UD alumna provides wildlife conservation education for Philadelphia Zoo
10:53 a.m., July 28, 2014--When Kristen Lewis-Waldron attended the University of Delaware as an undergraduate student, she had the opportunity to complete an internship at the Philadelphia Zoo. It turned out to be a perfect fit, and 18 years later Lewis-Waldron is still combining her love of animals and education at the zoo.
Now the director of conservation education and integration, Lewis-Waldron is responsible for integrating conservation messaging across all of the Philadelphia Zoo’s platforms. She works with all departments, from the marketing and development team to the social media unit, and directs messaging at the exhibits in the education area.
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One of the biggest parts of Lewis-Waldron’s role recently has been helping in the creation of KidZooU, a children’s zoo that provides an engaging experience for children and their families while promoting a lifetime of conservation action through hands-on learning activities.
“We’re trying to achieve a lot through the experience. It’s highly interactive and creates a year-round destination for kids,” said Lewis-Waldron. “It obviously allows for that up close and personal interaction which is so important and it’s a place where kids can practice how to care for animals, make the world a better place for animals, and practice conservation behavior.”
Lewis-Waldron, who graduated in 1998 with a bachelor’s degree in animal science from the College of Agriculture and Natural Resources, said she is especially proud of the fact that KidZooU was created using a technique known as universal design.
“We designed the facility so that regardless of your age, your ability, your background, you can access KidZooU. We kept in mind things like not just physical accessibility -- which is certainly extremely important -- but we also thought about other things like cognitive and behavioral accessibility,” she said.
Every animal is identified in KidZooU using braille and American Sign Language, and with QR codes that are accessible in 14 different languages.
KidZooU also looked at how to reach children with autism, creating picture-oriented preplanning systems for the kids. “They can go on our website, look at a map of KidZooU and create a schedule for themselves. They can decide ‘I’m going to go see the goats first, then I’m going to go see the chickens and then I’m going to go see the mini-horses,’ and then bring that with them and find those same symbols on the universally designed graphics,” said Lewis-Waldron.
KidZooU was a multi-year effort and Lewis-Waldron said the Philadelphia Zoo was very fortunate to be able to partner with many helpful organizations in the special needs communities across the region.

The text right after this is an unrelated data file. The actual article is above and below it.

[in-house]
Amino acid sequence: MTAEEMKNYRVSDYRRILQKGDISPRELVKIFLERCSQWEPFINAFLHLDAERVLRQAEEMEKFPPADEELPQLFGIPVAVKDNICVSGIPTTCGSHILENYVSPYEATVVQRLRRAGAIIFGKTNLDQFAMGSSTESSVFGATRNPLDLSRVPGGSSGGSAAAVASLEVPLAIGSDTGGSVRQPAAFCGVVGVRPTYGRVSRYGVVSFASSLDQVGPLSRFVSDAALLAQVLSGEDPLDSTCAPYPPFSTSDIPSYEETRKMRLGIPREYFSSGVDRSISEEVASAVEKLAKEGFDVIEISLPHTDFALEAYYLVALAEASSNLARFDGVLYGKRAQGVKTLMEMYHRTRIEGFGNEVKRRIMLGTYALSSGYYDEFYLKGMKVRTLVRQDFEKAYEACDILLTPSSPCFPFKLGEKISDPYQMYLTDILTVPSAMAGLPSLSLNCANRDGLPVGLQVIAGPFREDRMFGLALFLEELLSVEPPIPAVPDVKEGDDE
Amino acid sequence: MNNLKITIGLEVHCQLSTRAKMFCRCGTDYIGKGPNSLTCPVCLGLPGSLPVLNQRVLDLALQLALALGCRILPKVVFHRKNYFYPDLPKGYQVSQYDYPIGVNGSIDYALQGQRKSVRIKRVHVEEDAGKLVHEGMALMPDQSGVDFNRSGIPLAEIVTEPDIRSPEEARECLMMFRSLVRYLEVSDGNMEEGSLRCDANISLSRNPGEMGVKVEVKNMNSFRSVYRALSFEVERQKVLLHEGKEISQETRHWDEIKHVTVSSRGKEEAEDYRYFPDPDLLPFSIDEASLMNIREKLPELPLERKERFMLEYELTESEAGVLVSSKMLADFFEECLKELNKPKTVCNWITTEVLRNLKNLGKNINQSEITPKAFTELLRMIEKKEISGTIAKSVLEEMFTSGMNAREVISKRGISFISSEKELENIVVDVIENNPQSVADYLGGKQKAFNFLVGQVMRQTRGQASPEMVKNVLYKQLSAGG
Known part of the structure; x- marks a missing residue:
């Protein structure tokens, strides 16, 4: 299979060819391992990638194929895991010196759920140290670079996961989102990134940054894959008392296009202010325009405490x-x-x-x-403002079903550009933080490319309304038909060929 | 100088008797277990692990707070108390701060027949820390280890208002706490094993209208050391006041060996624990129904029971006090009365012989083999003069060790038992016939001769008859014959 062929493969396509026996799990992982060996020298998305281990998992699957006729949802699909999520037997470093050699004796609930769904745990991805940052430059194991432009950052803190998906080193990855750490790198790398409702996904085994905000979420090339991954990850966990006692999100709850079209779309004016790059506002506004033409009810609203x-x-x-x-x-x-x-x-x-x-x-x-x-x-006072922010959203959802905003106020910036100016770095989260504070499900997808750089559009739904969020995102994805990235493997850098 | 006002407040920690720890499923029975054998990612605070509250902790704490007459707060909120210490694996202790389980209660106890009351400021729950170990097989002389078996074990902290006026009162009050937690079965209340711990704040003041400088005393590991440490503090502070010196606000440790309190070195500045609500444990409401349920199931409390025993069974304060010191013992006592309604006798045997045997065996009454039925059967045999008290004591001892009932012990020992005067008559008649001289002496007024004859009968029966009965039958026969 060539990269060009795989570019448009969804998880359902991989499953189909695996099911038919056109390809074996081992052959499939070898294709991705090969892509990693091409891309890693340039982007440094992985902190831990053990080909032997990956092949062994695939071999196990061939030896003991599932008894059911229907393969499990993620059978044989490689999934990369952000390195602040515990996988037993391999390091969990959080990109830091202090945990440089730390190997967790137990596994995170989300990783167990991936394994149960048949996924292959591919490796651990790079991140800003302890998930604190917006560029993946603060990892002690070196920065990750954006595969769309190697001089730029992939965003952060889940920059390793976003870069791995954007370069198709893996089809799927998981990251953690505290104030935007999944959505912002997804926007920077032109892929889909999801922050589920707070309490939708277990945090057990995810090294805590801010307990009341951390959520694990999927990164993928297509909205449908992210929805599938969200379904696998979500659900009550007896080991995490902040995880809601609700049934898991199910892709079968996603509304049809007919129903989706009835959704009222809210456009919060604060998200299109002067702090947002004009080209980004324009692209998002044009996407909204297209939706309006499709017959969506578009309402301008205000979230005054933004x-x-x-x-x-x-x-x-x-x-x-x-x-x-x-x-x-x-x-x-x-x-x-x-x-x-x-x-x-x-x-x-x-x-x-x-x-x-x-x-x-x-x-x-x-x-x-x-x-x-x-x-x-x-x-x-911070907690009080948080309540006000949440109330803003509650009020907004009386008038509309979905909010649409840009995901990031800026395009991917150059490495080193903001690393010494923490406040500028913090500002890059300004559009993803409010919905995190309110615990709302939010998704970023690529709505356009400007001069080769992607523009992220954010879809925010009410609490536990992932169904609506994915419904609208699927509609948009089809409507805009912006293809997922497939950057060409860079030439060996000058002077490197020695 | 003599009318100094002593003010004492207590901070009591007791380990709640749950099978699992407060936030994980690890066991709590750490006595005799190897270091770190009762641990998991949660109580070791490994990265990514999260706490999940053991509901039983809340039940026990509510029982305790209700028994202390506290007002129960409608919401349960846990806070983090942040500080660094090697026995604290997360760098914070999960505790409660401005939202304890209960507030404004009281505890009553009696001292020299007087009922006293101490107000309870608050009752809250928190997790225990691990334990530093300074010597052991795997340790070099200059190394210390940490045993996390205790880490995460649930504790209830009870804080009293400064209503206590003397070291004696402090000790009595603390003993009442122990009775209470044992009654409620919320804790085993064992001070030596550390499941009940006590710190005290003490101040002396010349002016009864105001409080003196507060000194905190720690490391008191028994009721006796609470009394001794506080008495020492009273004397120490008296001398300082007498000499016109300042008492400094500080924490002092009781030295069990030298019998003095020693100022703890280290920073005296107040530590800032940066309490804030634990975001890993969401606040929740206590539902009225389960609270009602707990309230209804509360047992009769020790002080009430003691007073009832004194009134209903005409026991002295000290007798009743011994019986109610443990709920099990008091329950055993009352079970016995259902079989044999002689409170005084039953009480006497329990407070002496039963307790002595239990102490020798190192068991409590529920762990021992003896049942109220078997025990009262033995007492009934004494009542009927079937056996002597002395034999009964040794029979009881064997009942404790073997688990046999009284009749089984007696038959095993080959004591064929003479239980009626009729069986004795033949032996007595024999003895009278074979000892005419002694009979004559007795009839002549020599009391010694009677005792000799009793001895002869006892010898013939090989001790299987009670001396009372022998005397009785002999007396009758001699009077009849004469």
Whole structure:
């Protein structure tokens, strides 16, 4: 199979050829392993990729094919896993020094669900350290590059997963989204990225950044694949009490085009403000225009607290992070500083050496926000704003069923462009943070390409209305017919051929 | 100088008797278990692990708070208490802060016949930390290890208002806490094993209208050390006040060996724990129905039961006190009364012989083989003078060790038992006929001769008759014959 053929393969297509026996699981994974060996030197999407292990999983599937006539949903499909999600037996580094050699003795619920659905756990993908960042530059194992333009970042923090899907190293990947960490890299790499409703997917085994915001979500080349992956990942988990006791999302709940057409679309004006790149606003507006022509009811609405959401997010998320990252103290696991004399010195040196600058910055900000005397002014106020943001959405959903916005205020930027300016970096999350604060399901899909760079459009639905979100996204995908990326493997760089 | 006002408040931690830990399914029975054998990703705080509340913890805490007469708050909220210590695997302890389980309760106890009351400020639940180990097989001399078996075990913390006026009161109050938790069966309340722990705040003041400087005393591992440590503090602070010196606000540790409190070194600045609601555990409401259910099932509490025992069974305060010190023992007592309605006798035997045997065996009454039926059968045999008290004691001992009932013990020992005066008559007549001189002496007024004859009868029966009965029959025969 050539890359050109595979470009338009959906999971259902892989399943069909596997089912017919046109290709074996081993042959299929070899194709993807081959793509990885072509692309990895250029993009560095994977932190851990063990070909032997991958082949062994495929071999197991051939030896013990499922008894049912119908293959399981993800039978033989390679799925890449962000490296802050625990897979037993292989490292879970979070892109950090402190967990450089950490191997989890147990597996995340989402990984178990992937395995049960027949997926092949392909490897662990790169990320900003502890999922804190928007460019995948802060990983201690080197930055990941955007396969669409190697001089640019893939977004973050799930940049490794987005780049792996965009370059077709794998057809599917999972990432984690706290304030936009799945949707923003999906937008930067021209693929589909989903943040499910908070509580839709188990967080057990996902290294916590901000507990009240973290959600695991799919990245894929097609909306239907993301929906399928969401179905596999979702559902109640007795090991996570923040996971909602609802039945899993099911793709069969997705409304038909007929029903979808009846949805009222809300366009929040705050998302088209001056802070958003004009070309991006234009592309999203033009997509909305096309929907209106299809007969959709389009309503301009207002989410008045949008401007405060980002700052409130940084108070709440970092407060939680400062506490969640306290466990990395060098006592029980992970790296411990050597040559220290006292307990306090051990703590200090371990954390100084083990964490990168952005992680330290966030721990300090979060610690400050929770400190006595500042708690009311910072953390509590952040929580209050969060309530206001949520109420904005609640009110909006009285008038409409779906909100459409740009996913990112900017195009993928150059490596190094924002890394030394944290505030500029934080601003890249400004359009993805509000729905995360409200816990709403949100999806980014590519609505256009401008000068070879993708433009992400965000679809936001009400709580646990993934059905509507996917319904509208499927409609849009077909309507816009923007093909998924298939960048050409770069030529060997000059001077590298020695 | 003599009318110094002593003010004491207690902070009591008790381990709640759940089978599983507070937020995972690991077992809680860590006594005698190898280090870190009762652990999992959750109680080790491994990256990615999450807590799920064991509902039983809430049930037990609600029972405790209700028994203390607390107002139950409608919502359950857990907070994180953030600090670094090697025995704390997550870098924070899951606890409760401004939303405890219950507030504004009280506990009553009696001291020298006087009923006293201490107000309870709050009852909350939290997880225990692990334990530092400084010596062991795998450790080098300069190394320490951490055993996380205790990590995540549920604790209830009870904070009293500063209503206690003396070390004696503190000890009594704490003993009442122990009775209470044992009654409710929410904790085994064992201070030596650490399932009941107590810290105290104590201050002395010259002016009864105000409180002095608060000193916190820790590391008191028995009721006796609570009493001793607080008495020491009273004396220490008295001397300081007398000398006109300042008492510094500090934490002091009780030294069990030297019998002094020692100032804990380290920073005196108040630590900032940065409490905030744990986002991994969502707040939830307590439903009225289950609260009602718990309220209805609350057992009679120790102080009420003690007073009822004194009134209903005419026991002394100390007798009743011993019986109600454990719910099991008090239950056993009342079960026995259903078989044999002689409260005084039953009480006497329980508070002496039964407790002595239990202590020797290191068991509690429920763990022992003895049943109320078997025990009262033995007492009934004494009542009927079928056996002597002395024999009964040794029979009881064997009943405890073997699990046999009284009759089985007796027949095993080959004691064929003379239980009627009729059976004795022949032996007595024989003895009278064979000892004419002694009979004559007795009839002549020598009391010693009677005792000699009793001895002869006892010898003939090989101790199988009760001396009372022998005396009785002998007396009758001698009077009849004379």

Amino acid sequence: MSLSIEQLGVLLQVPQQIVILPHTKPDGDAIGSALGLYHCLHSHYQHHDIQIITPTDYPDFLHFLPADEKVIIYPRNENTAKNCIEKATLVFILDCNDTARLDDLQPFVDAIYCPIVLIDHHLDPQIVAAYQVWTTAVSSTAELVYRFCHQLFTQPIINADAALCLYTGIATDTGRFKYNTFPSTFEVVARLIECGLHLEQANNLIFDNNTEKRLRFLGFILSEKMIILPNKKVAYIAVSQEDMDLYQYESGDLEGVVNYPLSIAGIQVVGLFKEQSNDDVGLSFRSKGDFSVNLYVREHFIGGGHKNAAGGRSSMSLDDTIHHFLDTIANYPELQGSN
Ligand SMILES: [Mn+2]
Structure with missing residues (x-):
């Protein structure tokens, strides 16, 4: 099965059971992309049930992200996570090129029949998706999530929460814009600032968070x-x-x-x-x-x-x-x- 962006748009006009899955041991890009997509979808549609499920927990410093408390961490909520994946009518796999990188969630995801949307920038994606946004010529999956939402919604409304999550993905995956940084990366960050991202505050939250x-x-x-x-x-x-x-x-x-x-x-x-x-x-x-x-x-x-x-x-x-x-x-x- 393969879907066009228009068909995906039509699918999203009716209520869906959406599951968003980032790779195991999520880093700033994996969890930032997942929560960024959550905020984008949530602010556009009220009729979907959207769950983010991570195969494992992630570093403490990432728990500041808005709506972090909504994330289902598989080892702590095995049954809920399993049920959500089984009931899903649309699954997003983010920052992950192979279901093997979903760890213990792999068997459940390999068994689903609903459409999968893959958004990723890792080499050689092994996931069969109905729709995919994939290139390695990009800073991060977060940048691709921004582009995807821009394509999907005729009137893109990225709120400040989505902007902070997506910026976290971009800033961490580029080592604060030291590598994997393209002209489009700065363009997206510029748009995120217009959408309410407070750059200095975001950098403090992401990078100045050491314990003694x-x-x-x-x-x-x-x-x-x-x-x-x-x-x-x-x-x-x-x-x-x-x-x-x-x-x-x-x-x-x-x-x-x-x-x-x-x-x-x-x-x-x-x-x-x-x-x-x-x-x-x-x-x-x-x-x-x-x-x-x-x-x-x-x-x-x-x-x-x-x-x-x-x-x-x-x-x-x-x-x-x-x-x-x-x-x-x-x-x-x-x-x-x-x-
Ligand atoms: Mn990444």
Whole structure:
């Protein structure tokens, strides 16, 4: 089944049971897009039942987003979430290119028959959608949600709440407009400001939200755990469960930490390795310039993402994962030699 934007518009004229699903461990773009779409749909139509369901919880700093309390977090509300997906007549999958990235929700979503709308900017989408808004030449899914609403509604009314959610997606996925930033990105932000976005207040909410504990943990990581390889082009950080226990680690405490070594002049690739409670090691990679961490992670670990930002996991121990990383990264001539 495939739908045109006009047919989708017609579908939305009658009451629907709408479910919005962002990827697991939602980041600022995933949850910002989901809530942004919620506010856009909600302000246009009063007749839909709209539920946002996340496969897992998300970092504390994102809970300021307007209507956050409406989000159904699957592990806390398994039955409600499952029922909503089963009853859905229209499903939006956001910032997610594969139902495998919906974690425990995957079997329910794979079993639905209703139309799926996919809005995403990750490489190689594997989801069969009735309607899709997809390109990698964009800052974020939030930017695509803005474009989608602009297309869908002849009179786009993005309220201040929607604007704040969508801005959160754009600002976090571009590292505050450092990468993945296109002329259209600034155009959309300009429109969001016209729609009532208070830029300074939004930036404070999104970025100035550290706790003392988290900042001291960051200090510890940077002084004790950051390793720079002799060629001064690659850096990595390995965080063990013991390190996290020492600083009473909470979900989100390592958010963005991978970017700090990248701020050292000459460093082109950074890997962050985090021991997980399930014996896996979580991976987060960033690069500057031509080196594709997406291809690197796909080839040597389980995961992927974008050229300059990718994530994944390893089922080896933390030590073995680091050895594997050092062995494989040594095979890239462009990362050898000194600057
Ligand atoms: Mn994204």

Concerning her time at the Philadelphia Zoo, Lewis-Waldron said she has held many positions since starting as a nutrition intern. She spent her first internship studying the Micronesian kingfisher, a bird that is now extinct in the wild.
Working on the nutritional diet for the bird, she and the zoo’s full-time nutritionist published a 15-week study and created an artificial diet that has now been adapted and is still being used at different zoos across the country today.
While at UD, Lewis-Waldron took agriculture communications, public relations and journalism classes, and her second internship involved assisting the public relations team.
Once she graduated, Lewis-Waldron accepted a full-time position at the zoo working for the public relations team and helping to open the PECO Primate Reserve.
She served in that role for two years before realizing how much she missed interacting with animals and children, and that her real passion was in education. “I started volunteering on my weekends in the education department for the zoo and shifted over to that in the year 2000, and I’ve been in education ever since,” said Lewis-Waldron.
The ability to educate children about the need for animal conservation is one of her favorite parts of the job.
“When you see that moment in which children realize that they have the chance to make a difference for animals – that is probably what inspires me the most and what I get excited about the most,” said Lewis-Waldron. “We have a contest we’ve run for school kids for the last three years and we’ve had almost 10,000 participants. Through their efforts, they’ve reached almost five million people and it’s things like that where you can really see their creativity and their passion in action.”
As her career came full circle, Lewis-Waldron ended up directing the zoo’s internship program.
“I would recruit 100 interns annually and now I have staff that still do that under my area, so I feel like I’m kind of giving back to the college students like I once was in recruiting people every year to help share our message,” said Lewis-Waldron.
As for advice for current undergraduates students, Lewis-Waldron stressed that experience is critical. “You need to get out there in your field, whether it’s volunteering, interning, doing a co-op, networking -- it is just so key in being able to make yourself known to your future employers and get the valuable experience that you need to be successful when it comes time to graduate.”
Students interested in learning more about the Philadelphia Zoo internships should visit this site.
Article by Adam Thomas
Photos by Danielle Quigley